"Or they're just serial killers waiting to run you through the wood chipper," retorted the chicken.
"I don't think you're like that."
"You have no idea what I'm like. You don't know me at all. Do the right thing and just leave me here to die. Please."
"I hit you with my car. It doesn't matter if you wanted to die or not. Let me get you out of here. You can stay with me; I have a studio apartment over by the community college. You can move in with me for a while. I can take you to therapy and help you turn your life around."
"Please stop being so nice to me," begged the chicken.
"Give me a chance. What have you got to lose? Life can be deep, meaningful, and totally groovy."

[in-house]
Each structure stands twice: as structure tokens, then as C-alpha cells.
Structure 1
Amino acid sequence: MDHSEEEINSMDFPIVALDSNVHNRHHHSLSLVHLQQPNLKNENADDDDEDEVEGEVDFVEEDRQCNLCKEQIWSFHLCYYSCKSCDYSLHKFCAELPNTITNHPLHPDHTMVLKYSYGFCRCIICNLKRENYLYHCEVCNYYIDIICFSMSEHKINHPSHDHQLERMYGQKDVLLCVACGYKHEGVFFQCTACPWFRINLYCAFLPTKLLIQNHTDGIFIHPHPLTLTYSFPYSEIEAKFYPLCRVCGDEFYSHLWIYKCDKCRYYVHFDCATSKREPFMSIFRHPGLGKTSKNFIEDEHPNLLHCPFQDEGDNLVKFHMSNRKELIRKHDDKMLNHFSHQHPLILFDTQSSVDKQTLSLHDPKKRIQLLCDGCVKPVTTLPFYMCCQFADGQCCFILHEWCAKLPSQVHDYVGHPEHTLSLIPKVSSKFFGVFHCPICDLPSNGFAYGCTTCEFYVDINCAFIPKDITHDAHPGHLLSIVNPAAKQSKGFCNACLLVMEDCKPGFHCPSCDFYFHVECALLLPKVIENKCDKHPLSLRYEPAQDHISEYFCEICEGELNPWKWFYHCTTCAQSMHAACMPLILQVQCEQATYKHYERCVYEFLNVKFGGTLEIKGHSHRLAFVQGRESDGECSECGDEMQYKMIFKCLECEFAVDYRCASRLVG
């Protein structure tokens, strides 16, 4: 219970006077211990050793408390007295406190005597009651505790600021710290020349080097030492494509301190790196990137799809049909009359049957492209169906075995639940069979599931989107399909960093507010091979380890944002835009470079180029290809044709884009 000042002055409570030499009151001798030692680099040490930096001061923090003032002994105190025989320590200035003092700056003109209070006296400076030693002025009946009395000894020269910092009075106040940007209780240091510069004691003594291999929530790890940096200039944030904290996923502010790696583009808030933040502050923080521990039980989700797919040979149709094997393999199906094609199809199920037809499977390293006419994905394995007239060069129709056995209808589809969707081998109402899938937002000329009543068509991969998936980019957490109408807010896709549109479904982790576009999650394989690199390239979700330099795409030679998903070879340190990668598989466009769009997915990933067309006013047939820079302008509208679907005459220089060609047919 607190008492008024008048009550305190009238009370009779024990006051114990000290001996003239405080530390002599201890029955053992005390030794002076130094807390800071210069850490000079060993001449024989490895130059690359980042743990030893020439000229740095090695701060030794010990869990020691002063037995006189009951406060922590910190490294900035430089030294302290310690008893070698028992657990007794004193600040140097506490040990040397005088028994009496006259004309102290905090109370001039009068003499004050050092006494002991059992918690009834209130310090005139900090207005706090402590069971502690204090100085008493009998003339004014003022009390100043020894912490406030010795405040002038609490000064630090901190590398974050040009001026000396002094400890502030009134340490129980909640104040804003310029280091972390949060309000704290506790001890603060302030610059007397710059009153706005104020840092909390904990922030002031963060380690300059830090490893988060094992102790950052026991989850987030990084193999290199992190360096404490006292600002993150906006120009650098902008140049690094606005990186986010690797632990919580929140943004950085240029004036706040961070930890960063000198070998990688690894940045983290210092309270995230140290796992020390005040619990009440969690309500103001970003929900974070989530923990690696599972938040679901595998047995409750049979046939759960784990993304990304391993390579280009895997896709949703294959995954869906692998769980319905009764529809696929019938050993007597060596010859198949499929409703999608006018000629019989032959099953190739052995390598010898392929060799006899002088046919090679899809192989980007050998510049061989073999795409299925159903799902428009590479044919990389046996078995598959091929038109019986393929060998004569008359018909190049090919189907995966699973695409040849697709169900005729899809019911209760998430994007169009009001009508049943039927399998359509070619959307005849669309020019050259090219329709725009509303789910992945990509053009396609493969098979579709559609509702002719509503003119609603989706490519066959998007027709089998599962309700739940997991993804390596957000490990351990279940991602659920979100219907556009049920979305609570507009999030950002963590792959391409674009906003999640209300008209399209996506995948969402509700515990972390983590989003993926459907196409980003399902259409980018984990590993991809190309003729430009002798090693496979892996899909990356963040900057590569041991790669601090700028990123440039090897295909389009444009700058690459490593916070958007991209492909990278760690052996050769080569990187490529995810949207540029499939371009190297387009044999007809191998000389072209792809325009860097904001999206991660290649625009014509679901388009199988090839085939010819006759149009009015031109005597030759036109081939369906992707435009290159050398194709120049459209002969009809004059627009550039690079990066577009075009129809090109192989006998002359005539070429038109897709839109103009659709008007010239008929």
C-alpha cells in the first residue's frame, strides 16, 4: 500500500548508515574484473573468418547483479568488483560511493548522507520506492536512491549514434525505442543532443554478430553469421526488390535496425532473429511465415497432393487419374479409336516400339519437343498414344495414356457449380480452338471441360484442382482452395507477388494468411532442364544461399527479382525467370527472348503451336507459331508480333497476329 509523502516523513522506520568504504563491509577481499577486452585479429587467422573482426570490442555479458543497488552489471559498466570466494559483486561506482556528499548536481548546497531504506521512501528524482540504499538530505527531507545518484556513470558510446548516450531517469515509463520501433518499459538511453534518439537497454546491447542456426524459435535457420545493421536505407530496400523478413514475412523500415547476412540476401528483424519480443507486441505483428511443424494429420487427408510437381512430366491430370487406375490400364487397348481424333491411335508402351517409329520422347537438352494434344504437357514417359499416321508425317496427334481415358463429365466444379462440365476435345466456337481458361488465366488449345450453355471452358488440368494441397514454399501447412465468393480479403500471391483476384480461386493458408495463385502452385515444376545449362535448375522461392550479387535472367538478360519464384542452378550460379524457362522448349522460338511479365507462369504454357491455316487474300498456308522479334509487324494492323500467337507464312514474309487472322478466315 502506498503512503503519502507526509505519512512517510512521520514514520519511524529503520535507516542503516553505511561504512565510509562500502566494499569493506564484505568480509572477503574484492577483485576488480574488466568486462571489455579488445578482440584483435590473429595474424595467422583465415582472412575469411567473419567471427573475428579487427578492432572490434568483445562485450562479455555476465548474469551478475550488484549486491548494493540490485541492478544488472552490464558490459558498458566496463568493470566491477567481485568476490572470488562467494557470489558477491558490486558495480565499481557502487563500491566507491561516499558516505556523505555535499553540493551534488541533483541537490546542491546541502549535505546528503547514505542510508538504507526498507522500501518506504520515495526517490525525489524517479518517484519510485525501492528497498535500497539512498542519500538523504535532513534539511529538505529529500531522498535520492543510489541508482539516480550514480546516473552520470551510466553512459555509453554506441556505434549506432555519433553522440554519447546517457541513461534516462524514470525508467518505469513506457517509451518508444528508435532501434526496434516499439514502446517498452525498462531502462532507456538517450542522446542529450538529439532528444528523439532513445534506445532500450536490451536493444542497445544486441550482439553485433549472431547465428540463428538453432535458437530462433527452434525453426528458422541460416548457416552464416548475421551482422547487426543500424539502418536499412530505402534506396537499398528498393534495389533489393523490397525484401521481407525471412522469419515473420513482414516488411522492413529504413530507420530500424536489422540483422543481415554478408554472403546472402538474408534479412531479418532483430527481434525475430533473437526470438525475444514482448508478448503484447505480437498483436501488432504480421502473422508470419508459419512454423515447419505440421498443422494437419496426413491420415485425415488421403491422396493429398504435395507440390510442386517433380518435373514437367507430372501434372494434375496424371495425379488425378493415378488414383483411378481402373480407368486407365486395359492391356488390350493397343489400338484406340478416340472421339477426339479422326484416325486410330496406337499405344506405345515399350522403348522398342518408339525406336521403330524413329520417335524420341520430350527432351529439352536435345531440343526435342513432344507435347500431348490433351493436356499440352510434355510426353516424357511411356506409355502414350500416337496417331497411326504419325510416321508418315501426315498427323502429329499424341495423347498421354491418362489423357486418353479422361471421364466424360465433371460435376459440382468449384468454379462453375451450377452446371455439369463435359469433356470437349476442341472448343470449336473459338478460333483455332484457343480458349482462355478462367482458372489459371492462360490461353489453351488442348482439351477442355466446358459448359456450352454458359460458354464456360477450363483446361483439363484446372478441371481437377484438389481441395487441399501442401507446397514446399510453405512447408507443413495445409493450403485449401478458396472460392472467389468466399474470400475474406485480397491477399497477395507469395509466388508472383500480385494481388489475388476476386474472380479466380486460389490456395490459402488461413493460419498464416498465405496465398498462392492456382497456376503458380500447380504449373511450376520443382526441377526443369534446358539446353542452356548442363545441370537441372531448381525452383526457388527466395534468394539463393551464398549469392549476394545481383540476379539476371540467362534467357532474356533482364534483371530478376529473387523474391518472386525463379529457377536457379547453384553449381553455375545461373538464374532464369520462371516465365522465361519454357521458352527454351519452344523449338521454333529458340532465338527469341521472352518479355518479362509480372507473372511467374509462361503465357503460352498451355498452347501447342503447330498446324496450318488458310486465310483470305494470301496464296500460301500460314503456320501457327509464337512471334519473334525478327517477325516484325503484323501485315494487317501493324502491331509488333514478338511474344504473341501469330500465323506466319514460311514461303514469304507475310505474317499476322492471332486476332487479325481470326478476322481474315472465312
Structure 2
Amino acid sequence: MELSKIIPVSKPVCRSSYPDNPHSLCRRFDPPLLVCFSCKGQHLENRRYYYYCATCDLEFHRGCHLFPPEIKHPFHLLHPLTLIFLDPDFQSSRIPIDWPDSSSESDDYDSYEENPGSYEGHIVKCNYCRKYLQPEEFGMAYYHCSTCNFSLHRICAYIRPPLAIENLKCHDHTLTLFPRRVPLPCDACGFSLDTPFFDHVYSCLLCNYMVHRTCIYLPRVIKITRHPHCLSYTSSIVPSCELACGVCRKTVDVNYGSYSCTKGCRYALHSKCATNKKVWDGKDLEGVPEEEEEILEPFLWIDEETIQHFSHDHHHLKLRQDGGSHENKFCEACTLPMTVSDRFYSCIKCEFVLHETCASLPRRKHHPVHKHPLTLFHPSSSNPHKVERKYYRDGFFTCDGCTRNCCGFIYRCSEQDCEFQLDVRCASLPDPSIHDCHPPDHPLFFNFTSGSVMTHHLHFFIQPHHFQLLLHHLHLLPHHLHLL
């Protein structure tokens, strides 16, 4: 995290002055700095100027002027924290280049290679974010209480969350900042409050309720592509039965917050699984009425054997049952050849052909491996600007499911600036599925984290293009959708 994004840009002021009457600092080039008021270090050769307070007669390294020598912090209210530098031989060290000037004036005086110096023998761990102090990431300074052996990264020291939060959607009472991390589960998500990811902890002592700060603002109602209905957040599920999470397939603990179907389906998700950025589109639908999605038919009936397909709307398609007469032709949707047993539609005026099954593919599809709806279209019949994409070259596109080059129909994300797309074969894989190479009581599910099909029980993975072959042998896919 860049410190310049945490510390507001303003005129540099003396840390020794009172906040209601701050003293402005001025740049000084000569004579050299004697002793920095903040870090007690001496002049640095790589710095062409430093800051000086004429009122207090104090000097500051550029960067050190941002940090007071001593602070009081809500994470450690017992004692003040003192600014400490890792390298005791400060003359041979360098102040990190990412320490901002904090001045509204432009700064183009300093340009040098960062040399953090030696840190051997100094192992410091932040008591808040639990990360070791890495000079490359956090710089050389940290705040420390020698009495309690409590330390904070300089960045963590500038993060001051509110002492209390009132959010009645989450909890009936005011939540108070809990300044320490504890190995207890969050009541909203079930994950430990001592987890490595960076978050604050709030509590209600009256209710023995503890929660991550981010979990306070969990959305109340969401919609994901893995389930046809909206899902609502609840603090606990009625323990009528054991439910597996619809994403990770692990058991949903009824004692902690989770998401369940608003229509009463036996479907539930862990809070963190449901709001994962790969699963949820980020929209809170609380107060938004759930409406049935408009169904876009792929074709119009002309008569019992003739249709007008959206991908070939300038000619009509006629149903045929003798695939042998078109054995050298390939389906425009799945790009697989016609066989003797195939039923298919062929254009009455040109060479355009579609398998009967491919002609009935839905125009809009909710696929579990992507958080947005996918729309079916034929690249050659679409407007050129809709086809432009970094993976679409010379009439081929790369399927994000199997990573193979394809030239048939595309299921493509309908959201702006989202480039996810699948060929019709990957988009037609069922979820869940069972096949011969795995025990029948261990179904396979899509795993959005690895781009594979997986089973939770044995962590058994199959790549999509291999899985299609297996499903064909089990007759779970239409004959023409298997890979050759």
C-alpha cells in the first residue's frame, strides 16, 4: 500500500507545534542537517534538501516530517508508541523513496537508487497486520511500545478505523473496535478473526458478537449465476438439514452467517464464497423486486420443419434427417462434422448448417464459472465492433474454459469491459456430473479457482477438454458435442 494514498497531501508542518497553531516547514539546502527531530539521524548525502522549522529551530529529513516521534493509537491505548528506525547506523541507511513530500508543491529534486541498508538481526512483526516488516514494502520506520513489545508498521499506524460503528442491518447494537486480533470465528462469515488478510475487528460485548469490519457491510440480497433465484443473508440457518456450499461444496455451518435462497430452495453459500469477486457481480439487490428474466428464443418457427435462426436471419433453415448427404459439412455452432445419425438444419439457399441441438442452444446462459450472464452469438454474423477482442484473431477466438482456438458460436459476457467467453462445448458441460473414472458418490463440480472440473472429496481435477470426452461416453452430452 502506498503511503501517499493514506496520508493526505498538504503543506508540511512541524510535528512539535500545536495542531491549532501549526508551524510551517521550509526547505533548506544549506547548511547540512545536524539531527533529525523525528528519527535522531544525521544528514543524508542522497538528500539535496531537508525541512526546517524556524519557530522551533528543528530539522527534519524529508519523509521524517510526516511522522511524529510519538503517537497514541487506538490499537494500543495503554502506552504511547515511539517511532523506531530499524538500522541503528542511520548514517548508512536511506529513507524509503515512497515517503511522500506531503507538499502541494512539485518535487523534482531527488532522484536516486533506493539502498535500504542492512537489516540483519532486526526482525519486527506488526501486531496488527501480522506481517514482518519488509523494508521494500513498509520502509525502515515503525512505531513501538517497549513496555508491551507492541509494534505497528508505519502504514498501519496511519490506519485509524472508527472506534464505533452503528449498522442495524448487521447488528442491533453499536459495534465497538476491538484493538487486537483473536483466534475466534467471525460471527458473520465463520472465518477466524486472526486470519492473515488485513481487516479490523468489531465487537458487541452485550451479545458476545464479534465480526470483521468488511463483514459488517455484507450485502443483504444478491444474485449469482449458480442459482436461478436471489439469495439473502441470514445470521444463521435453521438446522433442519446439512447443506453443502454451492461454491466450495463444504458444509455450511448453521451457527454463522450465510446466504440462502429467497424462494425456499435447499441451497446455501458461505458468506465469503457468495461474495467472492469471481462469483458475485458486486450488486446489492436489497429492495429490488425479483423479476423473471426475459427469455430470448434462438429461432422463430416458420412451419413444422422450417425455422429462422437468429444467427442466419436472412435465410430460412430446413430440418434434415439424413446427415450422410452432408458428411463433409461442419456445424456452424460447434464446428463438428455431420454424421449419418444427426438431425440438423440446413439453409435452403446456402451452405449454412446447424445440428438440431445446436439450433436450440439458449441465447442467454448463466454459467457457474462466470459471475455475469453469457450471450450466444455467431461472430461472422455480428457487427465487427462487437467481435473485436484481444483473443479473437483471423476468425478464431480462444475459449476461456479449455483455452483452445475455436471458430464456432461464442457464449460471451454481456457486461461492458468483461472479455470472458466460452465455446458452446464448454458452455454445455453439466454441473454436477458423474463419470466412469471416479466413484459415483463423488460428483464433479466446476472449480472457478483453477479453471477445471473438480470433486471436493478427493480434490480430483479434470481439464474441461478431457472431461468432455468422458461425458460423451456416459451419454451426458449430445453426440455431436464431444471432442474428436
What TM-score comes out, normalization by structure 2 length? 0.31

"You're crazy. I don't even know your name,"
Kitty put a reassuring hand on the chicken's shoulder. "Call me Kitty."
He looked down at her hand and then up at her smiling, scraped-up face. "Seymour," sighed the chicken.
"Well, here we are, home sweet home," Kitty said cheerfully. She opened the door to apartment 460. "It's not much, but it's better than the grave. Why don't you take a look around? I'll take care of your bag."
He handed her the small suitcase which she took over to a single bed in the corner.
Seymour took in the scene, which didn't take long in a one-room apartment. The carpet was decorated with coffee stains, most of the furniture was missing a leg or two, and the air smelled like marijuana. Set up in the back of the room was an old metal tripod, and the off-yellow walls were covered in black and white photography. All the subjects in the photos had apparently forgotten to wear any clothing.
"What did you say you do for a living?" asked Seymour.